Jeb Bush, a son of an American political dynasty, has seen his prospects for President quickly rise in the early days after his announcement, to now, where we see his hopes for the nomination most likely over. What has been the cause of the plummeting of his candidacy and his fall from political grace?

John Ellis (Jeb) Bush was Governor of a major swing state, Florida. His campaign quickly raised a lot of money from the same donor list that his brother George Bush successfully raised money from when he ran for President. Normally, in politics, the person who can raise the most money is a hard person to beat, but these are different times.

Jeb was the initial favorite to win the nomination for the Republican Party. If there is such a thing as an establishment candidate, Jeb Bush’s candidacy, would define what those words really mean. Was his candidacy doomed from the start? Some would say that there have been one too many Bushes in the White House.

Mr. Bush’s campaign proposals sound and read like traditional Republican standards. The old saws of a balanced budget amendment, a line item veto and lower taxes are back. Instead of the Compassionate Conservative theme his brother had when he ran for President, Jeb is the Conservative Reformer.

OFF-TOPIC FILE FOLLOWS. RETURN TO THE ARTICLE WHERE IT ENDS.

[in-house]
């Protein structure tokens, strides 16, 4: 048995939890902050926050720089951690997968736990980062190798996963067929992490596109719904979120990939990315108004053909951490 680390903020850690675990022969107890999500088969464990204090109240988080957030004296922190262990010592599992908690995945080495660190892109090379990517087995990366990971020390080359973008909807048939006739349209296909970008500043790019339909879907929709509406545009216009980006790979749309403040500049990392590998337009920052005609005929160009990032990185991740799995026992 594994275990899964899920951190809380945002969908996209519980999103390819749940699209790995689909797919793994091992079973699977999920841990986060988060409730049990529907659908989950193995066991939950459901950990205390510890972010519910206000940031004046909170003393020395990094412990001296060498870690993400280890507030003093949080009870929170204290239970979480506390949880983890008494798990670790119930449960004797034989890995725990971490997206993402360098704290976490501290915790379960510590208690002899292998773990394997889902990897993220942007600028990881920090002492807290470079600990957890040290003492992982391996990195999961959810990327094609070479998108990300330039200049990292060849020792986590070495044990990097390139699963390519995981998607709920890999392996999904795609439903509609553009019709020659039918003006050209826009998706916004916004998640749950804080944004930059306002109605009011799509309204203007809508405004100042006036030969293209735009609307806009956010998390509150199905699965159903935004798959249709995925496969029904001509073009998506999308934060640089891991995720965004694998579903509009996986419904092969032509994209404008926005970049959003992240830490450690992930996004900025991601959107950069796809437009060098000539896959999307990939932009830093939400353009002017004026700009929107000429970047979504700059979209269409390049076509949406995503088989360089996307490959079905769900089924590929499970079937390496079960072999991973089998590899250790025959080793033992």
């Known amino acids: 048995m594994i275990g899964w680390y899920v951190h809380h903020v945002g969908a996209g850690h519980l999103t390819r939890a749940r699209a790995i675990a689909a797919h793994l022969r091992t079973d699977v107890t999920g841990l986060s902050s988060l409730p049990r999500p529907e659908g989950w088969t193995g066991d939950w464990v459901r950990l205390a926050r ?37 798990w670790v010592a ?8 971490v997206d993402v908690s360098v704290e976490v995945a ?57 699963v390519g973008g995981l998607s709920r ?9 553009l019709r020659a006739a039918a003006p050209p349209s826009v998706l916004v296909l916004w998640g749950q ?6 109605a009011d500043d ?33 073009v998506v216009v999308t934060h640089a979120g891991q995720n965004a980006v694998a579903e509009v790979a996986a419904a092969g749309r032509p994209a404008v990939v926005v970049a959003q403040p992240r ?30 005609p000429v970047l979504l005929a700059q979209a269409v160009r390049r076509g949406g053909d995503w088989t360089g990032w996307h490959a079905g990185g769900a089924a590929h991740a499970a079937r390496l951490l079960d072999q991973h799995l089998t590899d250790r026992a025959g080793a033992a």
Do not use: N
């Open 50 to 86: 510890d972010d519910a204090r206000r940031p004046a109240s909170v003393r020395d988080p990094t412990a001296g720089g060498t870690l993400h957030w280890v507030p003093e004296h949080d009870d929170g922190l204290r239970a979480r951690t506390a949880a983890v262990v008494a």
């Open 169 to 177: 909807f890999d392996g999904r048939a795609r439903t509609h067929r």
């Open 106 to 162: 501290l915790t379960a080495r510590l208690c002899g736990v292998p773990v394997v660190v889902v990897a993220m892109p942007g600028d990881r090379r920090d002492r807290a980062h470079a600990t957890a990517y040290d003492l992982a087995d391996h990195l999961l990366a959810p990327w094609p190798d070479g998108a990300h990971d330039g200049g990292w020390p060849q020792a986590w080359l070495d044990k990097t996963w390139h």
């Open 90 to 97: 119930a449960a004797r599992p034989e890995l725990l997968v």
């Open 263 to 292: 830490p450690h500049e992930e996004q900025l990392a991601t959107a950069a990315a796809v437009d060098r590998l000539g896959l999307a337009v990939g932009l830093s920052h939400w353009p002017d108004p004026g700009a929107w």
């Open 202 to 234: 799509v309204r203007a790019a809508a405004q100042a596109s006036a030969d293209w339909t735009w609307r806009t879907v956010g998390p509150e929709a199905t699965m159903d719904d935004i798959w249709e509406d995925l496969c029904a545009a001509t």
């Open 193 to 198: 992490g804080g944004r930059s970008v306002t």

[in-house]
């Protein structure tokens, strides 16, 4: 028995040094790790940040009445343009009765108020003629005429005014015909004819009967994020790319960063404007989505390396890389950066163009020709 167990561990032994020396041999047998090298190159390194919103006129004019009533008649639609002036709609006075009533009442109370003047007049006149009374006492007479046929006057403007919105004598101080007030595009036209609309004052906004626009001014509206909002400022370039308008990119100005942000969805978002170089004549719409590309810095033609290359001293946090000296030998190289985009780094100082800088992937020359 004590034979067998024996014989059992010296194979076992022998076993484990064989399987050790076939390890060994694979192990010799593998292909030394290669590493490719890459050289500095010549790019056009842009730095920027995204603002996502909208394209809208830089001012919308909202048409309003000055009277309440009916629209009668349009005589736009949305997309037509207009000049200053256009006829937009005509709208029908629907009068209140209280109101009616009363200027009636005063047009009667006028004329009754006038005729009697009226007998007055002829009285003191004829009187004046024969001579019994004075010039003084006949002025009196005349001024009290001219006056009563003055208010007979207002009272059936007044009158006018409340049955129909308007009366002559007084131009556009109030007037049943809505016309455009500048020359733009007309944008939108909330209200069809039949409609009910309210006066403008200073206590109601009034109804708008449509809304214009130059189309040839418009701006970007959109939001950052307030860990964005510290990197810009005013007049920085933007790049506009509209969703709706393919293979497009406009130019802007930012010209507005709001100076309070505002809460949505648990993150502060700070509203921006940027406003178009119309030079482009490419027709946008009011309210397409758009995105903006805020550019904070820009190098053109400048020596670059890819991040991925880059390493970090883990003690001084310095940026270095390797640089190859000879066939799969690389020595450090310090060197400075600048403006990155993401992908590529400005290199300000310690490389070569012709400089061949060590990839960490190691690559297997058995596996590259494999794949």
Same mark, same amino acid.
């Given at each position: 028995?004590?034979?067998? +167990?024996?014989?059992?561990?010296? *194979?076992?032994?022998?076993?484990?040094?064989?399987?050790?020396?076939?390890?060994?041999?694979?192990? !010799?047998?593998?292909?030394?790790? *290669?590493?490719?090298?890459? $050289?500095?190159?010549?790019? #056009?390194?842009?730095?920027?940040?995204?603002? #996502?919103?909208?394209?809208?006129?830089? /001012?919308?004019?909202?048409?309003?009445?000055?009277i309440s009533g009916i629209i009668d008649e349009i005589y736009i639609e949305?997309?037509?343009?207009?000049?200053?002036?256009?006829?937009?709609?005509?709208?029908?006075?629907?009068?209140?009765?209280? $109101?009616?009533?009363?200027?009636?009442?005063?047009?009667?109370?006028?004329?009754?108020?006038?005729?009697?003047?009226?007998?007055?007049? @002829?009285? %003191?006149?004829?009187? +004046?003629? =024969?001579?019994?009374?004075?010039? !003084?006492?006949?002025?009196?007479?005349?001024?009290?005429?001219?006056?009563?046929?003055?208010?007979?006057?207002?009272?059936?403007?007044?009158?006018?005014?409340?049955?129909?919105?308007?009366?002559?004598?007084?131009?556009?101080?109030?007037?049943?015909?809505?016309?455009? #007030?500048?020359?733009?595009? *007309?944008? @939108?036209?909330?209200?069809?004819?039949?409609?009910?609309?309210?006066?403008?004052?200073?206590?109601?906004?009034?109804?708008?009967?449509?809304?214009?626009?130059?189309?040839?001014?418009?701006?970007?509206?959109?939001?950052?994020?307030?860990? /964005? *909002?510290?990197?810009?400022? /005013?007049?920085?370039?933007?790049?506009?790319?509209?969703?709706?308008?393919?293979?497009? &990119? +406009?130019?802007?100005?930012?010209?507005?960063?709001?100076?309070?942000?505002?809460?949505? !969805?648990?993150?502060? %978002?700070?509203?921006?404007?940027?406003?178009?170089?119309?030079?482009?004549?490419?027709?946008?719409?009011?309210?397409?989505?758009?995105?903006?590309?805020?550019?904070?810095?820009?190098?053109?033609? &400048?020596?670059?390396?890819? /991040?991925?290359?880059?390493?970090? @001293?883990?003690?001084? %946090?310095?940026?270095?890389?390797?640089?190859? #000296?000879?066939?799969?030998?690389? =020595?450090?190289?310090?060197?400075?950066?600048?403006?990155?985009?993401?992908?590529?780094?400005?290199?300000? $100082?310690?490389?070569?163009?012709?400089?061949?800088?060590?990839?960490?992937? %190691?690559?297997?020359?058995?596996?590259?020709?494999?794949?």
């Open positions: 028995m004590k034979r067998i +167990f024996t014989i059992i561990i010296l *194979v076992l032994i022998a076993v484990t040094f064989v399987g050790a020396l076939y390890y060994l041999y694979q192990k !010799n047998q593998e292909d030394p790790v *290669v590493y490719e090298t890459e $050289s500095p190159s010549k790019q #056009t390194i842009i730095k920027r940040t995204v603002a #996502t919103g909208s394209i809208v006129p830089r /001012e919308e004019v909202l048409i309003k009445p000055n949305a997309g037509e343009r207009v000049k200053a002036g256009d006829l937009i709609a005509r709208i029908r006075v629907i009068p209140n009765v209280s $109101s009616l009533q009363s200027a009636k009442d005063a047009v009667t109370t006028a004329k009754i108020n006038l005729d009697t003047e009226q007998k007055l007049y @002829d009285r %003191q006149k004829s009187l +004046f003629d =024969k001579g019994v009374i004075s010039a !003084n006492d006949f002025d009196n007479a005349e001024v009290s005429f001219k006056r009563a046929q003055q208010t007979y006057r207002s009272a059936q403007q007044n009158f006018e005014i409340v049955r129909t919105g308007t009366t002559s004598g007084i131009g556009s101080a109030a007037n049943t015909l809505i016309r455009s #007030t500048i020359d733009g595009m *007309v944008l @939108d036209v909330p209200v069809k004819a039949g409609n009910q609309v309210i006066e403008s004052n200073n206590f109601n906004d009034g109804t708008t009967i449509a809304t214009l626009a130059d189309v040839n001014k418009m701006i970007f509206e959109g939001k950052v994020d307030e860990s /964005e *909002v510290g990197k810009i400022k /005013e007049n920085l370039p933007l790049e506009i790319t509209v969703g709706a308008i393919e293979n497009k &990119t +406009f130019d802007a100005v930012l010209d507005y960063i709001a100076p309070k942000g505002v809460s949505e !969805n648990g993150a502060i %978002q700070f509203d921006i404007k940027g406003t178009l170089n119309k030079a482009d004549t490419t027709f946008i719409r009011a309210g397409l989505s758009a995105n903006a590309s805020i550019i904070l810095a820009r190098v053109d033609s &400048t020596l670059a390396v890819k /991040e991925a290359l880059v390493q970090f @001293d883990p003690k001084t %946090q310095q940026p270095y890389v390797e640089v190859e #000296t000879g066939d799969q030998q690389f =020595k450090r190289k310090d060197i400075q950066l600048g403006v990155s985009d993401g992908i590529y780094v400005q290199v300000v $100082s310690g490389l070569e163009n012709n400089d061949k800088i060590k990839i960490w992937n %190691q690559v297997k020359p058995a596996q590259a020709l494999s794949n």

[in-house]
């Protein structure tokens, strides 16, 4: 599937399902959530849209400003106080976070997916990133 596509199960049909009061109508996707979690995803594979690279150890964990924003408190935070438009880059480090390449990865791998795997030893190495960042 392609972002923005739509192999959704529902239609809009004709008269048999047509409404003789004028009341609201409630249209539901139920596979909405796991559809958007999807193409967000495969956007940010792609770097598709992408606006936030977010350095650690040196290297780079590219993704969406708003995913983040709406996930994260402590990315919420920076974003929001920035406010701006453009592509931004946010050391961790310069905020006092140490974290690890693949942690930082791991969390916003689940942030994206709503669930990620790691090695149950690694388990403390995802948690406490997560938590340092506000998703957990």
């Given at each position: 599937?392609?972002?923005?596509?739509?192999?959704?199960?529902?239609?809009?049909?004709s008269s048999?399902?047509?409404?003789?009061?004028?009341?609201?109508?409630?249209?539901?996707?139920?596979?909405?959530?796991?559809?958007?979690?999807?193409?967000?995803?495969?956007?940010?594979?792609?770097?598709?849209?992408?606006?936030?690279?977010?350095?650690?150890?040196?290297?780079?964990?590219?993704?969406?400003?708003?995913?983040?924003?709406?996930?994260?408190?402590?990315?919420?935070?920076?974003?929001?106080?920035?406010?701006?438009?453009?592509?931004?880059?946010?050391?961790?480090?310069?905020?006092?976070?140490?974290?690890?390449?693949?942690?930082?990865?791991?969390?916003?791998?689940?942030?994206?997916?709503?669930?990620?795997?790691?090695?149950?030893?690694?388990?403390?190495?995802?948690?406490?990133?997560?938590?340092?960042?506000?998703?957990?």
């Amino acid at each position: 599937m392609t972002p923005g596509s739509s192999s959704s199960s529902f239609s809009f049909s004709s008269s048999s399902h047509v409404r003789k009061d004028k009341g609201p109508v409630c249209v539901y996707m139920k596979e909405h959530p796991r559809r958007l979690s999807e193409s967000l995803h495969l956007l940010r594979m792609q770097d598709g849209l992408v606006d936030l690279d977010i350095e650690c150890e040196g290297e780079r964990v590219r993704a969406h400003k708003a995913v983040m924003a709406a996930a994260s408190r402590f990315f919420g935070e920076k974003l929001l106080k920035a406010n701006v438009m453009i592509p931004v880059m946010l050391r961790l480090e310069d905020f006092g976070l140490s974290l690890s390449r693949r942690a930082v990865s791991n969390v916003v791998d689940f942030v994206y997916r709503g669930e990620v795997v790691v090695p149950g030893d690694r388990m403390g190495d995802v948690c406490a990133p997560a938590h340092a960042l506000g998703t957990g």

His economic plan reads like the trickle down failed economic policies of Ronald Reagan. In fact he states on his website that he intends to return to a three tiered tax rate system of 28%, 25% and a new twist a 10% tax rate for the lower income earners. He wants to keep the charitable deduction and just cap the current tax dodges that are built into the system.

For today’s hard core, disgruntled conservatives there is nothing exciting that he is offering. His plans might seem well reasoned but the voter who is frustrated and angry, Bush’s campaign proposals sound tired and uninspiring.

His energy on the campaign trail makes you wonder how excited he is about his own campaign. In a way it seems like his efforts are a halfhearted try and that he just might want to be somewhere other than on the campaign trail.

Let’s face it, though, his real problem is that he is the brother of a recent President who was not very popular. There has not been enough time for the voters to have forgotten what President George Bush’s administration brought us. His campaign is haunted by the specter and ghosts of the past. In defending his brother, Jeb, makes an occasional defensive statement that is just not true, such as that his brother made America safe. No matter what he says, his comments are falling on deaf ears. His current poll numbers are a reflection of the sad state of affairs that his campaign has become. He is no longer the betting favorite to be the nominee. This is not the year for conventional wisdom, so far there is nothing conventional about this campaign season.

His only hope for success is at the forthcoming Republican Convention where a deadlocked Convention could turn to a Bush one more time. A more likely scene would be if there is a deadlock that the delegates would turn to a new face, not an old and tired campaigner whose joy does not seem to come from being part of the fray. His very real problem is the reality that there have been one too many Bushes in the White House.


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